Behavior Interventions for Middle School Students in the Classroom

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In the middle school classroom, students' emotions can run very high, making their behavior outrageous and hard to deal with. Teachers can use different intervention strategies to maintain a positive and educational learning environment in which students can feel comfortable. Intervention strategies do not have to involve punishment -- they can also involve motivation and teaching.

Pinpoint the Behavior

  • Before teachers can intervene in student behavior, they must first understand what the behavior is, how the behavior is affecting the students, the teacher and the aggressive child, and what is causing the behavior. Educators should communicate with students in their classroom to find out how the behavior is making them feel so that they can explain the student with the behavior problem how he is making others feel. Sometimes explaining the consequences of an action will make a student realize the seriousness of his behavior.

Educational Punishment

  • Behavior interventions should be an educational experience for the students, instead of just a simple punishment. The punishment will be a much more successful intervention strategy if the student is educated about why she is being punished, how her actions make others feel and how her actions could affect her even after she finishes school and begins her life in the workplace. Teachers could give examples of what would happen if the behavior continued in the workplace or could express their hurt feelings in an emotional way to the students.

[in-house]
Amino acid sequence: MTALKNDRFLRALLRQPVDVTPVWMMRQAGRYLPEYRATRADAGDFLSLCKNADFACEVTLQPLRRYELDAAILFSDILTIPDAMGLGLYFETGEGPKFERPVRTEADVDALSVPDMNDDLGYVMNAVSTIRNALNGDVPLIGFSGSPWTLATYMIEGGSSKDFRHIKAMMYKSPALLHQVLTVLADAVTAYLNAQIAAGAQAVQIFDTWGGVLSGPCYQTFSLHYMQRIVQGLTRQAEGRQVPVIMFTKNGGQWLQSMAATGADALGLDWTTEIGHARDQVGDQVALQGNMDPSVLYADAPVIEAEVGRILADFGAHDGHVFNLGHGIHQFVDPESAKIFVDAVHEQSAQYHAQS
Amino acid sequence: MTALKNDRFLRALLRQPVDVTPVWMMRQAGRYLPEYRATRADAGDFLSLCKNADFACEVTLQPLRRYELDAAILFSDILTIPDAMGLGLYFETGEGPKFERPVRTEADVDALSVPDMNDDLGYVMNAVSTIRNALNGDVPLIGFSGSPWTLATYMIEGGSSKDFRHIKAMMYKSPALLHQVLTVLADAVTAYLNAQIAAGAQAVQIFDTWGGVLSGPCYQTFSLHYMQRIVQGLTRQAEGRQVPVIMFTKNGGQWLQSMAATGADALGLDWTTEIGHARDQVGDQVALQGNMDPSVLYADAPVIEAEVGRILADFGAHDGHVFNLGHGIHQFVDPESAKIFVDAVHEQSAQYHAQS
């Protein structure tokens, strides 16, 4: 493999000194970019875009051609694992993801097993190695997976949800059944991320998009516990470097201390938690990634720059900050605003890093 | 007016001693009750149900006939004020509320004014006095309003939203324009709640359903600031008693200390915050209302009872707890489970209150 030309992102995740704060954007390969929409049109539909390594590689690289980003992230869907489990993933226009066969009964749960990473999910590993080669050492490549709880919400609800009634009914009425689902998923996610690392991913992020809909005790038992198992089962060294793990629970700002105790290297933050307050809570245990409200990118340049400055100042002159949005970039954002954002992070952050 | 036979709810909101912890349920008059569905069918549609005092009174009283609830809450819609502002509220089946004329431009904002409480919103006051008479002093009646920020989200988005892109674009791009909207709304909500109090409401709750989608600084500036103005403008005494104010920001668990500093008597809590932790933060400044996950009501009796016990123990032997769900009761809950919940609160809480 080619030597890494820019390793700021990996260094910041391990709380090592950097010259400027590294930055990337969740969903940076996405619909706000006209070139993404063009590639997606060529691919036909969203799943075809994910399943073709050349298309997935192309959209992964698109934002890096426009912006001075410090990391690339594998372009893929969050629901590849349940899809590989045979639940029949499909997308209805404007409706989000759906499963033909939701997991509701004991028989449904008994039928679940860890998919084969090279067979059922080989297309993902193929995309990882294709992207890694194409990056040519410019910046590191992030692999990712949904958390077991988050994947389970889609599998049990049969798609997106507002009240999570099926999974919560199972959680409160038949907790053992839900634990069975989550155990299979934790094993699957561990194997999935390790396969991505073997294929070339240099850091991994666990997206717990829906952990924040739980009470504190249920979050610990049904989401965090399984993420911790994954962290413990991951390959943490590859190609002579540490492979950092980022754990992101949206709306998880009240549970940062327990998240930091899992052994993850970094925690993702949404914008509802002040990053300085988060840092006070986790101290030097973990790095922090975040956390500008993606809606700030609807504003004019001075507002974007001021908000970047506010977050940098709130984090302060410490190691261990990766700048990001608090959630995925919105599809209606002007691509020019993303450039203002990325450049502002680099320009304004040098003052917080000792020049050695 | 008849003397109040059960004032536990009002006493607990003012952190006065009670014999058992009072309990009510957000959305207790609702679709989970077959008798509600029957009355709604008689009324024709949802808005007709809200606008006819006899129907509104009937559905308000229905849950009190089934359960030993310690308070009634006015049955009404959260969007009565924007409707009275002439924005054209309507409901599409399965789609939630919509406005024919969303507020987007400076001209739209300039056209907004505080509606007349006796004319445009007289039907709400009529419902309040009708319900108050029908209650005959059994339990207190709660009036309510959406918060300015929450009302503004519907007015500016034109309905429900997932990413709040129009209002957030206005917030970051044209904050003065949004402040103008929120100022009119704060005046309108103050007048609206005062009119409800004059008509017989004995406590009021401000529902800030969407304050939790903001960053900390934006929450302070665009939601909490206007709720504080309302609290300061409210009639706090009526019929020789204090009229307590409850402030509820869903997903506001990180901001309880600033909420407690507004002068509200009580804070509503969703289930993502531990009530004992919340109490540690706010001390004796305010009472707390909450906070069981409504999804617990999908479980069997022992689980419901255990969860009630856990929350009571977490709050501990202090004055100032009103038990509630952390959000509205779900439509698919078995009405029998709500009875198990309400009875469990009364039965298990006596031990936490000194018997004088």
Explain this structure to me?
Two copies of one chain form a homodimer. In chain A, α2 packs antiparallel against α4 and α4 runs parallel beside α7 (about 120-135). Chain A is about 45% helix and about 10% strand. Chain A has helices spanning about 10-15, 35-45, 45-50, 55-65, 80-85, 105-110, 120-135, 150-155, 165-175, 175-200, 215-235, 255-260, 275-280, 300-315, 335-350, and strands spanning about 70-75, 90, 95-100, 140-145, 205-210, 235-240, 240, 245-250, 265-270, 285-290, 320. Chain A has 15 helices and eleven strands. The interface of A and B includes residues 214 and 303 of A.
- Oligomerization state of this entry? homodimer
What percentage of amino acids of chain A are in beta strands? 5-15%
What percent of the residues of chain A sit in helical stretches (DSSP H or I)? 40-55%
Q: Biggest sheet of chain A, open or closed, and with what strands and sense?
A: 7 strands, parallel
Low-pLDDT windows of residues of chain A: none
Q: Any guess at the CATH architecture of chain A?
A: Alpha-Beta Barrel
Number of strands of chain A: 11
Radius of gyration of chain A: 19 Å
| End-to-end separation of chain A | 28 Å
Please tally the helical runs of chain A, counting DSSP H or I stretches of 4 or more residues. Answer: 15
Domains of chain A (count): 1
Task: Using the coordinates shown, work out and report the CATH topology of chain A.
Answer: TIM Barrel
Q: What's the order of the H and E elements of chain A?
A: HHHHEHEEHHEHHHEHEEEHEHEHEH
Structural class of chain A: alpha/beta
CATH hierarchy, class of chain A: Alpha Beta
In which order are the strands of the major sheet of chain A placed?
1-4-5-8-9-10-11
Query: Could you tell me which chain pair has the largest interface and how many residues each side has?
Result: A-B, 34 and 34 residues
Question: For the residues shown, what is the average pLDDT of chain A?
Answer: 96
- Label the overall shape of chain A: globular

Behavior Contracts

  • Behavior contracts are an extremely effective intervention method because they place students in control of their destiny in the classroom. Educators could spend one of the first days of class developing a behavior contract, using the students' ideas and adding their own. By allowing students to express their opinions of what behavior should be expected in the classroom, students will be more likely to take responsibility for their behavior because they had a part in creating the rules.

Mystery Motivator

  • Behavior interventions do not always have to involve discipline. In fact, an effective intervention strategy is the Mystery Motivator, which involves motivating and inspiring students to change their behavior. The Mystery Motivator activity involves telling students that if they modify their behavior to conform to your standards for good behavior, they will earn the chance to win a mystery surprise. These surprises could include a gift certificate, movie tickets or simply a candy bar.

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